For an after-cheese snack, we had war fries (oorlog frites.) At Vleminckx, they make one thing, fries and have done so since 1887. There’s probably a guy on the streets of NY that has been selling the same batch of hot dogs since the 1940’s, but to make one thing, and one thing only for that long a period of time? That’s bonkers. The fries are crispy on the outside, fluffy on the inside and slathered with mayonnaise, peanut satay, and onions. I can’t explain why they taste good. Just trust me.

After some searching around, we found a sports bar that showed the Barcelona-Real Madrid game. We drank beer and ate cheeseburgers and watched the game. The guys next to us started smoking weed, and I can’t imagine how Malcolm didn’t get a contact high. He said he wanted to get home via giraffe and thought my name was Tinderbox.  It didn’t help that there many weirdly costumed people at the bar, including one man dressed in a giant inflatable penis. I sincerely hope none of it makes its way into his weekly journal he keeps at school. I think we are too new at the school to have that much explaining to do.

After dinner our last night, we got chocolate covered waffles and ate them on the steps of a church. Chocolate covered waffles are to dessert what crack is to cocaine. There are light like a donut, except crispier on the outside and slightly chewier. They are also sweet. Really sweet. Sweeter than hugging your favorite aunt at Christmastime. Eating a dessert waffle makes you want to dance with everyone you meet, even if they are dressed as a giant inflatable penis.

The one I kissed was much cuter. (And bloodier.)

The one I kissed was much cuter. (And bloodier.)

We took the tram home and during the trip the tram ran smack dab into a Halloween parade, forcing us to wait 30 minutes as the parade went by. As we sat there, hundreds of zombies came by and spread blood on the tram window and tried to scare us. Malcolm was terrified. I danced with some witches and kissed a zombie through the glass. It was hilarious, and in no part made more enjoyable by the waffles, Belgian beer and second hand smoke.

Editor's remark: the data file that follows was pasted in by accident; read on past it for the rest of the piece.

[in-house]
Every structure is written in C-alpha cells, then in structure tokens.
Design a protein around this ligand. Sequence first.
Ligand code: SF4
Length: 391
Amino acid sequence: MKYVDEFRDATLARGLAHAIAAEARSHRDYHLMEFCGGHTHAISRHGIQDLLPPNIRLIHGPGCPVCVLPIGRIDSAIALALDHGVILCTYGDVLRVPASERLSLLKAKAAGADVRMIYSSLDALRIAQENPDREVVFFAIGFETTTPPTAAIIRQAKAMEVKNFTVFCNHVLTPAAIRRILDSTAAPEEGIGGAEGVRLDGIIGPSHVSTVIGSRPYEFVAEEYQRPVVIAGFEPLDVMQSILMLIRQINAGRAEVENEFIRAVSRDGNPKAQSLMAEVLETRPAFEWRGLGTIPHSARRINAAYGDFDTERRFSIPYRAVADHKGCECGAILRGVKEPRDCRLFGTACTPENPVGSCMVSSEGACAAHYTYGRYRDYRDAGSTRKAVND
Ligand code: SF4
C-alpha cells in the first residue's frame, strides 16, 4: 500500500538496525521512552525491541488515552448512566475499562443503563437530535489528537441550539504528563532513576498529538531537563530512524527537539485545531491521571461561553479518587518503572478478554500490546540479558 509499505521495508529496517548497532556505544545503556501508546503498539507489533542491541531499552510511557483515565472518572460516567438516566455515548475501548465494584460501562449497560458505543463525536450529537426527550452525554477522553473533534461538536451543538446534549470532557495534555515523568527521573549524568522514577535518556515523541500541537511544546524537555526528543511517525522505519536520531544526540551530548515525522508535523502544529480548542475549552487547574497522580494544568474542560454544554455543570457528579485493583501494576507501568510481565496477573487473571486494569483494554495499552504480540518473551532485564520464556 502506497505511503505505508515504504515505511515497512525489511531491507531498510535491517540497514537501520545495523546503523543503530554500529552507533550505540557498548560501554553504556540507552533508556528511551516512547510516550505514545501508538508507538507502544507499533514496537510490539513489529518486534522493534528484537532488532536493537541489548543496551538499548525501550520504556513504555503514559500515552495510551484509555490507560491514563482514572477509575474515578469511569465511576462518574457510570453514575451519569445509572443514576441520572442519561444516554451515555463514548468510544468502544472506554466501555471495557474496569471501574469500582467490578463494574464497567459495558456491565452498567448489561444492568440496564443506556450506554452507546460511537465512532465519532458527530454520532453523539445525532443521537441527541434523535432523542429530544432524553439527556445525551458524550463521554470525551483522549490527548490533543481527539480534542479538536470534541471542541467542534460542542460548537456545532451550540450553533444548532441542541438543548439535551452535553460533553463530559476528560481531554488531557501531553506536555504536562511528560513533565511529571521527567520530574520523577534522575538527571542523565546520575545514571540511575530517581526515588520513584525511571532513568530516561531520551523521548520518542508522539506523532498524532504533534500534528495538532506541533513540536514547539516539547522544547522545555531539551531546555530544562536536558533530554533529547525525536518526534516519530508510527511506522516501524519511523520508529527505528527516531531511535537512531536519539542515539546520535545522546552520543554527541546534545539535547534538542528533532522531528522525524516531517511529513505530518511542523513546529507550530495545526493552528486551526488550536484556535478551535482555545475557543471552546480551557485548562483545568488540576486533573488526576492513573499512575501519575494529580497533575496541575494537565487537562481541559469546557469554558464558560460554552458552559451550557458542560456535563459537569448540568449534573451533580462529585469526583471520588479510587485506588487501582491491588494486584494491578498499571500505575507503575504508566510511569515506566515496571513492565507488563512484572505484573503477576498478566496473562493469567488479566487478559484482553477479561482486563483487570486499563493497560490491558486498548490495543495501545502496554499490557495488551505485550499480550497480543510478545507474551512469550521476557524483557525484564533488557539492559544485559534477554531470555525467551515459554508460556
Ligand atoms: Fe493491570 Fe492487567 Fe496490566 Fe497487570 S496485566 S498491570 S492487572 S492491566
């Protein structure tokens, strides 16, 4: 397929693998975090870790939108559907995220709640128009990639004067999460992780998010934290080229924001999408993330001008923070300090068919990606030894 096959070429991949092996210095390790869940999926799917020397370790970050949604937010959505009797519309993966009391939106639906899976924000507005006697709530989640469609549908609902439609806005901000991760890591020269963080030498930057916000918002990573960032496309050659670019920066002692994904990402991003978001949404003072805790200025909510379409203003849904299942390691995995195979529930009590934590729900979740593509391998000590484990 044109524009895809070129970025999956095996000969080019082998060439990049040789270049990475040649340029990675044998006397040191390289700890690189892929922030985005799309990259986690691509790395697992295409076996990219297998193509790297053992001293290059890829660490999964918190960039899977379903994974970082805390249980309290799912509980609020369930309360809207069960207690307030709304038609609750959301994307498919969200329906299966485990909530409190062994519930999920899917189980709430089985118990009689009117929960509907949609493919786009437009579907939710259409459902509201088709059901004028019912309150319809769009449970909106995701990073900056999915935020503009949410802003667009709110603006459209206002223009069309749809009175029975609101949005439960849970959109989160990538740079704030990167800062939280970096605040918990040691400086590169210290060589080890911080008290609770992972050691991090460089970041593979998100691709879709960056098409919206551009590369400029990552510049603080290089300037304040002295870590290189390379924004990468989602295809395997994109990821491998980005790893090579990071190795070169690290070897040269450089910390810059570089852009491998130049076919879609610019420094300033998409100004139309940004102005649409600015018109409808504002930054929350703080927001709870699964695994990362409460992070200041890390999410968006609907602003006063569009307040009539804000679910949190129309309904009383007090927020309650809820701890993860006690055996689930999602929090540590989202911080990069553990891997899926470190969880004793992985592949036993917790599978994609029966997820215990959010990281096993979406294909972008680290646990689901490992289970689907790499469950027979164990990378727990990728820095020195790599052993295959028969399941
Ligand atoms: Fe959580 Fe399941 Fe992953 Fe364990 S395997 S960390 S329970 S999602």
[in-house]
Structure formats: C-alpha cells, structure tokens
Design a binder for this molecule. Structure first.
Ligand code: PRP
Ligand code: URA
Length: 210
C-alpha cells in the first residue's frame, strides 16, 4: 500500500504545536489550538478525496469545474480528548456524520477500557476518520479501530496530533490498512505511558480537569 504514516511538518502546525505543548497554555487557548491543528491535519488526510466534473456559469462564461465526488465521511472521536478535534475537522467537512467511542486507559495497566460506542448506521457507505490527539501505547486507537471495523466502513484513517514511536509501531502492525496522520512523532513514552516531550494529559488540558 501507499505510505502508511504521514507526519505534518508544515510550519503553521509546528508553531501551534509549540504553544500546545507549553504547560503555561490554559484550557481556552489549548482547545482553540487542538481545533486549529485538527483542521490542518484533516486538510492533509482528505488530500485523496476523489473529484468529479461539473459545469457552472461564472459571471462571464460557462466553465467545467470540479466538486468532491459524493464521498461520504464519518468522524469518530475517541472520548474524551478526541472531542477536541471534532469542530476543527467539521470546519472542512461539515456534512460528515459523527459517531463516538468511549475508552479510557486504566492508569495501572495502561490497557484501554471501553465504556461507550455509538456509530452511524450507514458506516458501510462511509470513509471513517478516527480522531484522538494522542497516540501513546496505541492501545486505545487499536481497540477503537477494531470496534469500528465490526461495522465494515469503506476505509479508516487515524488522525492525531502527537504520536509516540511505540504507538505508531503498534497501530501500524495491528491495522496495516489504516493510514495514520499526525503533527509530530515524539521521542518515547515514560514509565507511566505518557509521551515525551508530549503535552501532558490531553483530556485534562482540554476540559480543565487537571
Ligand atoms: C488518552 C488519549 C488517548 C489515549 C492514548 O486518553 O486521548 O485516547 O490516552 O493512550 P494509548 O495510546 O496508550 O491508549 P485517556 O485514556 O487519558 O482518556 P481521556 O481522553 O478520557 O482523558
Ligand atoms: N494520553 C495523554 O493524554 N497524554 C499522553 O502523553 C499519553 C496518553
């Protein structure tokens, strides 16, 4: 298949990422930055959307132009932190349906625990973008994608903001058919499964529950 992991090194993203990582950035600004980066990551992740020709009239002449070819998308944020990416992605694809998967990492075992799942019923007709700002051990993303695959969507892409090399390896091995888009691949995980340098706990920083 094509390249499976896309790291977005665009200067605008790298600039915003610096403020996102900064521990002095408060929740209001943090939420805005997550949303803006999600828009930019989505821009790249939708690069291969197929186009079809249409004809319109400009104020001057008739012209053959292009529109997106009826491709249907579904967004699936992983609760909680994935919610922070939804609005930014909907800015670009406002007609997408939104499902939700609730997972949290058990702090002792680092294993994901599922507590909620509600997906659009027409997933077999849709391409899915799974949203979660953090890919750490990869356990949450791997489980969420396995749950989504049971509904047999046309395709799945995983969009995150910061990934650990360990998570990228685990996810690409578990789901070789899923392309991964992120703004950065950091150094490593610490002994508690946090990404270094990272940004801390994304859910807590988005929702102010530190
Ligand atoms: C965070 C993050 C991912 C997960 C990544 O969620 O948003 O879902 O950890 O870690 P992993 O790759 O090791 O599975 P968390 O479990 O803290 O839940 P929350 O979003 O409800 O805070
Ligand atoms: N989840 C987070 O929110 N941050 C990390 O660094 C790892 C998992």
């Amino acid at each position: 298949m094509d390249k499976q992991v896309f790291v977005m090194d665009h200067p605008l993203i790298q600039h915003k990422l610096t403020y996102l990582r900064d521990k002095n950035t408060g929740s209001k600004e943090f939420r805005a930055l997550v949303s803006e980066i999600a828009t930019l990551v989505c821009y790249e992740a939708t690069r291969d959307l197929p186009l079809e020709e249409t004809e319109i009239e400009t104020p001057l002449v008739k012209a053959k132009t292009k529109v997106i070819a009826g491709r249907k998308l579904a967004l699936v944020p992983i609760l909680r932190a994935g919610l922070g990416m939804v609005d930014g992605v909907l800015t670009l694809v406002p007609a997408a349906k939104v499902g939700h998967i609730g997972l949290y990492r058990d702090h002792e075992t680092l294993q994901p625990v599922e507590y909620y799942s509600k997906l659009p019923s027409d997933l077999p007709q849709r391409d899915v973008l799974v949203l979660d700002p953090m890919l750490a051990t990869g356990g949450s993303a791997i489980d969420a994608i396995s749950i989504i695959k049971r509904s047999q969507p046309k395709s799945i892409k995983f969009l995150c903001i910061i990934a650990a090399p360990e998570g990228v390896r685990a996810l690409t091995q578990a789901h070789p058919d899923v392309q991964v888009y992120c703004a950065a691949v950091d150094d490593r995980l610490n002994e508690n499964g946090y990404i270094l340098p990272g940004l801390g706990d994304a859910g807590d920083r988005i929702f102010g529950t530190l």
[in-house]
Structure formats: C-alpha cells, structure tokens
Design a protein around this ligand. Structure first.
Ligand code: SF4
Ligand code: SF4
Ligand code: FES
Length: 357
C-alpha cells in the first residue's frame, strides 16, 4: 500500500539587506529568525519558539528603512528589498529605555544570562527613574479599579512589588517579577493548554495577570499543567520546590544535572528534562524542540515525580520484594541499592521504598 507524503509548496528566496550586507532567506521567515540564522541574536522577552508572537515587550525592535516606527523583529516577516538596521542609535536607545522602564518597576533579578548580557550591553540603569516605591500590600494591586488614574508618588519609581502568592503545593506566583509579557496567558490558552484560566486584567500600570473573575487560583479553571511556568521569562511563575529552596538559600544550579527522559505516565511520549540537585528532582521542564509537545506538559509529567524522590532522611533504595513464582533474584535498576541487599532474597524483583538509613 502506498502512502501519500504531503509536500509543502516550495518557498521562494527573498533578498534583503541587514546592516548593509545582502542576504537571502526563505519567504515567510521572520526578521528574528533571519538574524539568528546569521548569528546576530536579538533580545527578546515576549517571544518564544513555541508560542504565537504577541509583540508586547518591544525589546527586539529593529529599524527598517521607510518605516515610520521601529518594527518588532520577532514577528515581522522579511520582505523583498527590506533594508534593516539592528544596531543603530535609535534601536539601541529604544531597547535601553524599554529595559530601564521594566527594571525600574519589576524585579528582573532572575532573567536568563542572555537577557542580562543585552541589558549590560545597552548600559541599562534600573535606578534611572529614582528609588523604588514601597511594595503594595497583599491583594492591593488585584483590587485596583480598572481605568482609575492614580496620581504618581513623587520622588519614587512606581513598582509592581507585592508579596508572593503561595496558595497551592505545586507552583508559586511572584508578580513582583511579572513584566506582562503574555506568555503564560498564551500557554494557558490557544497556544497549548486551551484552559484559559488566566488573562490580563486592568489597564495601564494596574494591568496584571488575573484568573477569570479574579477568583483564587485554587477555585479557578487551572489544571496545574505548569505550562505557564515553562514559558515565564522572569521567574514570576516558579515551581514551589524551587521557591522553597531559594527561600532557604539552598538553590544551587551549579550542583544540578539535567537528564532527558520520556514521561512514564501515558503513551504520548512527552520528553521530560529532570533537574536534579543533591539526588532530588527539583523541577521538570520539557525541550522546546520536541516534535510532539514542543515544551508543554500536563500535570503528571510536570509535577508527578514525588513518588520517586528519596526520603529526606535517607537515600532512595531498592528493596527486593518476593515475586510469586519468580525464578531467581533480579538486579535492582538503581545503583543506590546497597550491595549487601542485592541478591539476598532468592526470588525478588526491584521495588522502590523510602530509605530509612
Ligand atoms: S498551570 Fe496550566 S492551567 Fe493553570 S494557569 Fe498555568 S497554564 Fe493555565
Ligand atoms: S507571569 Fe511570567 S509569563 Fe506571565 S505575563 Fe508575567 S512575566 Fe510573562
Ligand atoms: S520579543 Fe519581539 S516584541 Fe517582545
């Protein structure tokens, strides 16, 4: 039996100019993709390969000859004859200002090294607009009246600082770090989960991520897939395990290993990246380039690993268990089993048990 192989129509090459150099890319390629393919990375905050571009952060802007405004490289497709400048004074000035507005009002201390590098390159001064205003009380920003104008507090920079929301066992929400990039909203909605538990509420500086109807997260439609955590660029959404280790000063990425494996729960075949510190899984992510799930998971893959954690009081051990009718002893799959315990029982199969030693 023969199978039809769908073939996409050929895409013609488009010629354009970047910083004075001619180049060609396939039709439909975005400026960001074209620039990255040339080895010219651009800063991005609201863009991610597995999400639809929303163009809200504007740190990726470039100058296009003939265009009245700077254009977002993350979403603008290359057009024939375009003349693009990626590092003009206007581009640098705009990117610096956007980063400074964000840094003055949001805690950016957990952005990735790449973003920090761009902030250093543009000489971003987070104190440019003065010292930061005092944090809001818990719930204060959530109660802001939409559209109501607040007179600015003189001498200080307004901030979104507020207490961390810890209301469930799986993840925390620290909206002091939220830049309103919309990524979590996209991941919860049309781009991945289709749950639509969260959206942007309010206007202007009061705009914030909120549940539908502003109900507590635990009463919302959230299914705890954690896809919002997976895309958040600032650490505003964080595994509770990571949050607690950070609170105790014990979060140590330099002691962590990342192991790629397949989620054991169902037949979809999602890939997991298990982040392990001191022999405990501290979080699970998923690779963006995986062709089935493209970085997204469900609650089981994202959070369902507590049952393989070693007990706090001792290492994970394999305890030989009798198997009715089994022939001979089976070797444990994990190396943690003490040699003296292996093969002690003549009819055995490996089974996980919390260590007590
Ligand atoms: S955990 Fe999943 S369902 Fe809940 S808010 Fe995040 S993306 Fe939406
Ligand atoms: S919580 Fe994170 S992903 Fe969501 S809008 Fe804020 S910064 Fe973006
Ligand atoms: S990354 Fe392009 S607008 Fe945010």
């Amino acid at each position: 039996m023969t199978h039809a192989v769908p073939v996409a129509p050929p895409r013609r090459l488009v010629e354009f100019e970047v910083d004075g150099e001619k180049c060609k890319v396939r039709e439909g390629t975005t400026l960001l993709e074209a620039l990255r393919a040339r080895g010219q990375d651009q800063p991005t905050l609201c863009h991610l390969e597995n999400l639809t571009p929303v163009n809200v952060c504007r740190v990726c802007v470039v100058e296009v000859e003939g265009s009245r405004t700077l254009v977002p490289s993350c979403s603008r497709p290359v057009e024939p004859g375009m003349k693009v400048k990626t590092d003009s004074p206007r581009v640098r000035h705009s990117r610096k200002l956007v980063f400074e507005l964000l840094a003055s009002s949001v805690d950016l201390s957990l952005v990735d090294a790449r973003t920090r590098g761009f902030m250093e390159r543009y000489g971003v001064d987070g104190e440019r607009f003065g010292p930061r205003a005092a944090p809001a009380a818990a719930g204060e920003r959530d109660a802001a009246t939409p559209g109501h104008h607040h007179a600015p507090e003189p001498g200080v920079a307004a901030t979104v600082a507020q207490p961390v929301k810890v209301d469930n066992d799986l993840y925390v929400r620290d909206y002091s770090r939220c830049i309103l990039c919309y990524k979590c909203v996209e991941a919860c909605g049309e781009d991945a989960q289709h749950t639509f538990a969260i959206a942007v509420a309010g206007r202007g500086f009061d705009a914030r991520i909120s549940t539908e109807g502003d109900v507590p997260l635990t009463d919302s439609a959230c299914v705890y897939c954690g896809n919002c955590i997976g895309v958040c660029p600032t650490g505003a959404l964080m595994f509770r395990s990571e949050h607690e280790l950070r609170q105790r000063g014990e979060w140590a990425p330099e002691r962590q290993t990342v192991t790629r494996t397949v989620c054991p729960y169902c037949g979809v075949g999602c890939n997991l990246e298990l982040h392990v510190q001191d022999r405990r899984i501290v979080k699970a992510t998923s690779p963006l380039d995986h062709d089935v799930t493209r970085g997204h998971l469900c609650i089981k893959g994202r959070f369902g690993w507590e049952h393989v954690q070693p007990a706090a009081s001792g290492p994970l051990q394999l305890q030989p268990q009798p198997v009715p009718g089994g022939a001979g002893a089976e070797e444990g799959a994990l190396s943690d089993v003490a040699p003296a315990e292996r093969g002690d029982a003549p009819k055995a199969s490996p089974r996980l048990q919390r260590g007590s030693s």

We managed to pack quite a bit into our little weekend, some good, some gooder and some just plain old Amsterdam weirdness. Coming home was totally surreal, though. Our home was in Paris. In case you aren’t sure, that’s in France, and it’s where we live. Nuts, all.

The Boy Who Went Up A Mountain A Pervert And Came Home A Whiffle Baller

Posted by Big Daddy Paul in Travel Stories

Best title ever? Probably so. I’ll probably have to delete the post once Malcolm starts surfing the internet on his own, but until then: enjoy!

We went camping this weekend. Amy had to go to Europe for work, so Malcolm and I joined some of my friends with kids for some roughing it on the Yuba river. I don’t know if you can call it “roughing it,” considering we had access to decent bourbon and premium salami, but since I packed neither shoes nor deodorant, I noticed a difference from a normal weekend. Who’s got two thumbs, flip flops and stay at home dad musk? This guy! (Now that I write that, I see a tremendous opportunity for a new cologne: SAHD musk. Marketing campaign will go something like this: For the man who doesn’t need to impress anyone. Salami. Funk. SAHD Musk: the scent of unemployment.)

I am hoping this is a normal thing with kids, but Malcolm does very odd things when he gets excited. I wish that he expressed his excitement in a productive manner, like, say, helping me unload the car or making guacamole. Instead, he tends to get a little pervy. As we were getting dinner ready the first night, Malcolm and some of his little buddies went down to the river with the other parents playing the part of chaperone. After about five minutes, my friend Greg came back and said, “I think that you should know that your son was groping me down by the river. I would have let it slide but he did it three times and it got really annoying.” Pausing and wondering whether I wanted to know, I caved and asked where Malcolm touched him. He told me Malcolm grabbed his junk and then jabbed him twice in the butthole with his finger.  We had been there all of 20 minutes and Malcolm’s first notable act was to treat my good friend like a home schooled proctologist. I tried to hide my shame by doing what comes naturally. I jammed my finger up Greg’s butt and told him that’s how we roll on the Yuba. He wasn’t impressed. The last thing you want to do when you are trying to enjoy the great outdoors with your fiends is have to explain to your child that he shouldn’t be tickling anyone’s prostate. Malcolm has a history of shenanigans like this (his schoolmates call him Clarence Thomas) so I had to banish him to his tent to contemplate whether he was going to spend the whole weekend acting weird or if he could calm down a little. There was some occasional semi-clothed wrestling with one of the other kids, but for the most part he turned it around.